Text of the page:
Sunday, July 5, 2009
Entourage, Season 5
On one of my international flights, the flight attendant looked like she was uttering something to me. Alas, my earphones were already streaming audio from my MacBook to my ears and, as far as I was concerned, no other audio mattered. I was after all watching the "Gotta Look Up to Get Down" episode from Entourage, Season 5. And, I and mine will attest, since the Sunday HBO played this months ago, I knew I was going to get hooked. This 27-minute episode is packed with literary and cultural references to aesthetics, gender, work and family dynamics, the form/content clash and so forth. In sum, it's a gem.
I remove the earphones to find out what the content of her comment was all about.
"Nice! You're watching Entourage." said the friendly flight attendant to which I said, "Yeah! It rocks."
But, you see, it's not just this episode that is ripe with rich motifs. The entire Season Five is a gem. The way Stellan Skarsgård portrays a kooky German director, or how Jason Isaacs so convincingly portrays a not-so-straight performing straight-acting fashion businessman. And on and on.
I have already blogged about the ending of the "Gotta Look Up to Get Down" episode which features one of the most tender scenes I have analyzed this year. A sensitive Ari Gold puts his emotions on display for his favorite client, Vinnie Chase, to witness.
Portraying Ari's vulnerability is what's proving to be Jeremy Piven's opportunity to show the world his acting chops and that he's so much more than John Cusack's side kick or a potential George Costanza. Ari Gold is the making of Entourage. He has a kind of range that is really almost overwhelming me every time I watch this show.
What has made a lot of my recent trips more enjoyable has been the following:
The newly released Season Five of Entourage
Steve Martin's Shopgirl, the last 6 minutes of the film
Three minutes out of Zach Braff's Garden State, the "You're in it right now, aren't you?" scene.
Being a close reader by training, I have a trained (and natural) tendency to zoom in on certain snippets of texts. Close reading, I am told at home and out, is not just how I make my bread and butter, it's an extension of my nature. Ergo, focusing on certain segments in certain filmic pieces is as natural to me as griping about my Venti Macchiato coming my way lid-less and sleeve-less. Incidentally, getting easily vexed by such oh-so-menial faux annoyances like a lid-less and sleeve-less Starbucks drink is yet another side effect of close reading.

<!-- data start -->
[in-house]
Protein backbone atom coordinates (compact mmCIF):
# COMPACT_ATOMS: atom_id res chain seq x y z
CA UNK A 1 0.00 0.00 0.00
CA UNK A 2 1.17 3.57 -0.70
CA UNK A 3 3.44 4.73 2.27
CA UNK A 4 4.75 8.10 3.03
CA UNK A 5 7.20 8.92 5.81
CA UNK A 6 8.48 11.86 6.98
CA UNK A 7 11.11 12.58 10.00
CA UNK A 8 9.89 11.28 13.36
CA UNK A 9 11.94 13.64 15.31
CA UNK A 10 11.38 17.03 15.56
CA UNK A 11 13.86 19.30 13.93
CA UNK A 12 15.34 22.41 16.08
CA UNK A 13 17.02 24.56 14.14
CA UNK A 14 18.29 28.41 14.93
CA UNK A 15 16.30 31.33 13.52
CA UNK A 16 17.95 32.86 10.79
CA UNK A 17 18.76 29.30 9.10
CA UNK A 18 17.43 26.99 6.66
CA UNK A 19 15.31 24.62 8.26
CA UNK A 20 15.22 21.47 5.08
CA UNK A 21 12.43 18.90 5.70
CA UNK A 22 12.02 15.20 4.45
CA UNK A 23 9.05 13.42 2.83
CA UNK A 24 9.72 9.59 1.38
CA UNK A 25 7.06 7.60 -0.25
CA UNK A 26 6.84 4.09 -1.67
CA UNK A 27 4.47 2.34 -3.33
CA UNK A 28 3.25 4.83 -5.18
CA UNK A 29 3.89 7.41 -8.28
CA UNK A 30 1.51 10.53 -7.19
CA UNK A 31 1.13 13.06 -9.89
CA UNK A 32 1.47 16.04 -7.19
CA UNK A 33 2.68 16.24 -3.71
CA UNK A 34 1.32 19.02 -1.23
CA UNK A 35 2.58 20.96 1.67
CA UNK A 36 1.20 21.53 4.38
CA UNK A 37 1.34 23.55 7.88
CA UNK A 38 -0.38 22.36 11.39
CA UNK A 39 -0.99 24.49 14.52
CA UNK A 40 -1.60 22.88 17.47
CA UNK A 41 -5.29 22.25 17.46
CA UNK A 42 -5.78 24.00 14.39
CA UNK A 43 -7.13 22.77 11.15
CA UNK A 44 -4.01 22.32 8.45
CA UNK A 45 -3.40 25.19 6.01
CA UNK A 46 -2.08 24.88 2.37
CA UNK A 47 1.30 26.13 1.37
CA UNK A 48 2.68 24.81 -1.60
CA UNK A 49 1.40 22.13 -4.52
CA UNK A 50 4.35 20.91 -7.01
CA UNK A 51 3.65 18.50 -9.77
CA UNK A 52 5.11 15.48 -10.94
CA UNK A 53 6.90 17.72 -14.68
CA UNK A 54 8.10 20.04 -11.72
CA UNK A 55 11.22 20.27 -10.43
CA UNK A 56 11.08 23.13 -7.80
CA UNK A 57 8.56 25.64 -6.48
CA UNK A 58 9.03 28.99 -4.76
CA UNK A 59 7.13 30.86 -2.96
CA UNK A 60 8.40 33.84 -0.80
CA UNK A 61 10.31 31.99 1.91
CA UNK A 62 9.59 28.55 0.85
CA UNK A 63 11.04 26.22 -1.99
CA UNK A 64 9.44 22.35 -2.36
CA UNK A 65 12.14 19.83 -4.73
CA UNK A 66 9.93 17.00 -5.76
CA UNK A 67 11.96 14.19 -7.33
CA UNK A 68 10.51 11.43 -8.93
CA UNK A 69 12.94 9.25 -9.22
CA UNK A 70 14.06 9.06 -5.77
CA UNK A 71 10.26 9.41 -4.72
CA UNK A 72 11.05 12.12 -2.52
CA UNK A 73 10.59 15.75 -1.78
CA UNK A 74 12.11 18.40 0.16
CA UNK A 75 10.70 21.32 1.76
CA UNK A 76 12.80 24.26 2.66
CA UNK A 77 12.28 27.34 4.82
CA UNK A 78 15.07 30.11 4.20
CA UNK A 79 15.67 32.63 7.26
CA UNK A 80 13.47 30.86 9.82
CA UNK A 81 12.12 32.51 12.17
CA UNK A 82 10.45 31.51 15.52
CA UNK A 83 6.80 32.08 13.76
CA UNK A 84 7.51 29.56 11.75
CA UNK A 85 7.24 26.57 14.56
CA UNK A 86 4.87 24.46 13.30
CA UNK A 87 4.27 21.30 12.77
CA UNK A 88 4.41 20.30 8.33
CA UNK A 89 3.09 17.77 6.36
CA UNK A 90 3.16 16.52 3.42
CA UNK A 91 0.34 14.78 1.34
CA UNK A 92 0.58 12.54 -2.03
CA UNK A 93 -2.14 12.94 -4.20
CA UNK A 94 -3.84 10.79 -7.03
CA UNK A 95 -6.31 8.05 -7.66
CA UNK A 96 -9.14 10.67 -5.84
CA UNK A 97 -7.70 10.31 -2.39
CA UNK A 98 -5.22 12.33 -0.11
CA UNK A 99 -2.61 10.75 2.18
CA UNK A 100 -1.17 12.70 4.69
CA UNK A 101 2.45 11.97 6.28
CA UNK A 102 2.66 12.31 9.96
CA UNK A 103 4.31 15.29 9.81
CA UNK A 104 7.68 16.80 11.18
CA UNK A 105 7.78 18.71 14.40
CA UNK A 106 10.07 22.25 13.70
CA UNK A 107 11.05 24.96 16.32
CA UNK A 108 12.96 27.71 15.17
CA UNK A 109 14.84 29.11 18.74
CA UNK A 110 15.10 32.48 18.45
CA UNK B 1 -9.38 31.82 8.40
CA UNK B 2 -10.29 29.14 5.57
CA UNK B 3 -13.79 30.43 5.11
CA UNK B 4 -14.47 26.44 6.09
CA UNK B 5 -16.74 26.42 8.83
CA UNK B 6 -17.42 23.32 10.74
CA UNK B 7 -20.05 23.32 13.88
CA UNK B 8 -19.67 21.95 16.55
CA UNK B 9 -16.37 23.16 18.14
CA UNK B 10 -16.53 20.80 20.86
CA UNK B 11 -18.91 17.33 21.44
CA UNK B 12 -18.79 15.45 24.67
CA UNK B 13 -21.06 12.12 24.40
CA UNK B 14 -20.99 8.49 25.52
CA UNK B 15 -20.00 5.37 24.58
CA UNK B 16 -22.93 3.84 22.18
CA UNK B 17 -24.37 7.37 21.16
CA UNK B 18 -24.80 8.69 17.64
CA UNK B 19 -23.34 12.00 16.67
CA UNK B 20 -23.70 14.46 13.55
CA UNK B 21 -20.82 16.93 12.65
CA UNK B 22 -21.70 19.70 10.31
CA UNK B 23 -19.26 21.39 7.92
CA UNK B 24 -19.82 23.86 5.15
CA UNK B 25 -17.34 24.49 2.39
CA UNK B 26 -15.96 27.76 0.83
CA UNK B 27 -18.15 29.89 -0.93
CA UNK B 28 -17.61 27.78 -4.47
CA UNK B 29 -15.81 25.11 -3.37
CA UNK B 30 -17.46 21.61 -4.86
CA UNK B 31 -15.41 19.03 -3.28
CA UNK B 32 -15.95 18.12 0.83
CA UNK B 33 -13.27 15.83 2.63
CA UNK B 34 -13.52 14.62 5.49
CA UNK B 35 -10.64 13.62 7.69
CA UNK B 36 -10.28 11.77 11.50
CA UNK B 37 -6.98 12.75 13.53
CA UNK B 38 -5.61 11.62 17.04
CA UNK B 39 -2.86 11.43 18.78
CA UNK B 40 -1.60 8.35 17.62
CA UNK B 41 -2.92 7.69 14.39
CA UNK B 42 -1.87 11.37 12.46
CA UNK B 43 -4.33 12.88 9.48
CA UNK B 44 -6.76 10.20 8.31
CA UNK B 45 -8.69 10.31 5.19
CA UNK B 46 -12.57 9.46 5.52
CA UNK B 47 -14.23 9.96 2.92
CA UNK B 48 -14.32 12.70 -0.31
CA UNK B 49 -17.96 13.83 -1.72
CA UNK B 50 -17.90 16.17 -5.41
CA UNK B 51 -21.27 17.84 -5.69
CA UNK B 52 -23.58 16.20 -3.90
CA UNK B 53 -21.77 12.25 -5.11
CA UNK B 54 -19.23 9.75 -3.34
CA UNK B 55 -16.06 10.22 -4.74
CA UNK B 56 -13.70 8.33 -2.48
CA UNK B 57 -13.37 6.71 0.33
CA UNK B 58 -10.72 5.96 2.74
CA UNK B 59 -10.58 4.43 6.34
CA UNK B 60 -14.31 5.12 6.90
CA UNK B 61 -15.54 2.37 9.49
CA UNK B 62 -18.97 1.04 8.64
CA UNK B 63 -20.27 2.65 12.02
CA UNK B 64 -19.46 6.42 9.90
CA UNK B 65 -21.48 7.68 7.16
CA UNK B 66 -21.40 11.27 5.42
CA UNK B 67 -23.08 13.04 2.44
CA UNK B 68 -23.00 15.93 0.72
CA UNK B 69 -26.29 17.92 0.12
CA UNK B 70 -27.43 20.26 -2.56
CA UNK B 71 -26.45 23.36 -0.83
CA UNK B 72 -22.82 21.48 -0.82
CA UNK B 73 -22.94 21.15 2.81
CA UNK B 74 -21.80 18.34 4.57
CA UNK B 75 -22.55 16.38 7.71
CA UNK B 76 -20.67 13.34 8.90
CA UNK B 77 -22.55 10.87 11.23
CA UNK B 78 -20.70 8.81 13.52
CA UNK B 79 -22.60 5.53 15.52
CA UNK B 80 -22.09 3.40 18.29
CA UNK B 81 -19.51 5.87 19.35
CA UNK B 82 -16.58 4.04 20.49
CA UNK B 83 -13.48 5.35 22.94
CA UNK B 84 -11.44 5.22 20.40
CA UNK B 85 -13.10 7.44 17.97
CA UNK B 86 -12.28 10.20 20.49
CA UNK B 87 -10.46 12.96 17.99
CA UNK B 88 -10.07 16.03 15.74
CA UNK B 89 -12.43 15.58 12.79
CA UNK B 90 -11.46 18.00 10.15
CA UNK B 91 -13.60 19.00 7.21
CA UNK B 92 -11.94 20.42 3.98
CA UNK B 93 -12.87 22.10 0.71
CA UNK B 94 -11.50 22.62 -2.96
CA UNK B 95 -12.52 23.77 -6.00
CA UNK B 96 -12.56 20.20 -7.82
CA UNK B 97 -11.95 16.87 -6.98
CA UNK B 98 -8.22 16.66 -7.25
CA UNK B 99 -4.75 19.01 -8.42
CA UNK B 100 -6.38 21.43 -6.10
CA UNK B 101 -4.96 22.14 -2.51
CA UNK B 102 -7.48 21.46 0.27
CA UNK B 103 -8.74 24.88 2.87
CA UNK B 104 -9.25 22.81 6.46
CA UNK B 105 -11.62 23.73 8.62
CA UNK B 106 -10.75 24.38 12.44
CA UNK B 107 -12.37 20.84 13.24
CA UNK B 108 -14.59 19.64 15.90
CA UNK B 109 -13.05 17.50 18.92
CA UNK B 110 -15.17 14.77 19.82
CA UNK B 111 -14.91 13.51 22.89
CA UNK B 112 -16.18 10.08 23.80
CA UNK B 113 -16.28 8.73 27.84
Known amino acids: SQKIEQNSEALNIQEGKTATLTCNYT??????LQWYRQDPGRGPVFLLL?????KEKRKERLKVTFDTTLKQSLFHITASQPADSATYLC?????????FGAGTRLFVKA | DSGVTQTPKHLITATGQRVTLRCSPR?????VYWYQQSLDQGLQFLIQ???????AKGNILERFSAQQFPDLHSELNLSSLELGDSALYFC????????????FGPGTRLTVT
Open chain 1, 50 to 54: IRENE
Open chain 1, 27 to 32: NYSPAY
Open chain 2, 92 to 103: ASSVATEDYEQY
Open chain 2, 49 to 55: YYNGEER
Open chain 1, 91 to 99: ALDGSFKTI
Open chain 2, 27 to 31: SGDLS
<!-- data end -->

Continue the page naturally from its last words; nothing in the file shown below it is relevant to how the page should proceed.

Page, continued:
Whether you share my close reading tendencies or not, you should consider getting the newly released Season Five of Entourage.
I give it thumbs and toes up. Season Six of Entourage will start July 12th on HBO.
Labels: anecdotes re: travel, Ari Gold, Entourage, Garden State, gender and culture, gender and identity, HBO, Jason Isaacs, Jeremy Piven, TV review
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"How many people does it take to handle one talentless actor?"
And then Rammstein playing Du Hasst....
Ari Gold's language is on a whole different level!
Toes up, huh? That must be pretty good.
-Silke, Werner fand ich auch echt super in dieser Rolle....
-Sra, HA!! Toes up, indeed.
It's the phrase I'm proudest of. And, yes, it is that good.
Ari Gold is the main reason to watch this show even though Johnny Drama is also a great plus. Well, Turtle isn't that shabby either.
In sum, it's a well-written show. Season 6 can't come soon enough.
"What did he say?"
Ari: "Nothing worth interpreting."
Johnny Drama is quickly becoming a favorite.
I love it when he cries on the View. He's a lovable nutcase.
Ari Gold takes the A in political incorrectness but J. Ellin has a way of writing him that makes it all ok, somehow.
I agree. The Gotta Go Down to Get Up episode is simply superb. Beautifully paced and very sexy.
i'm trying to catch up on the last three seasons asap!
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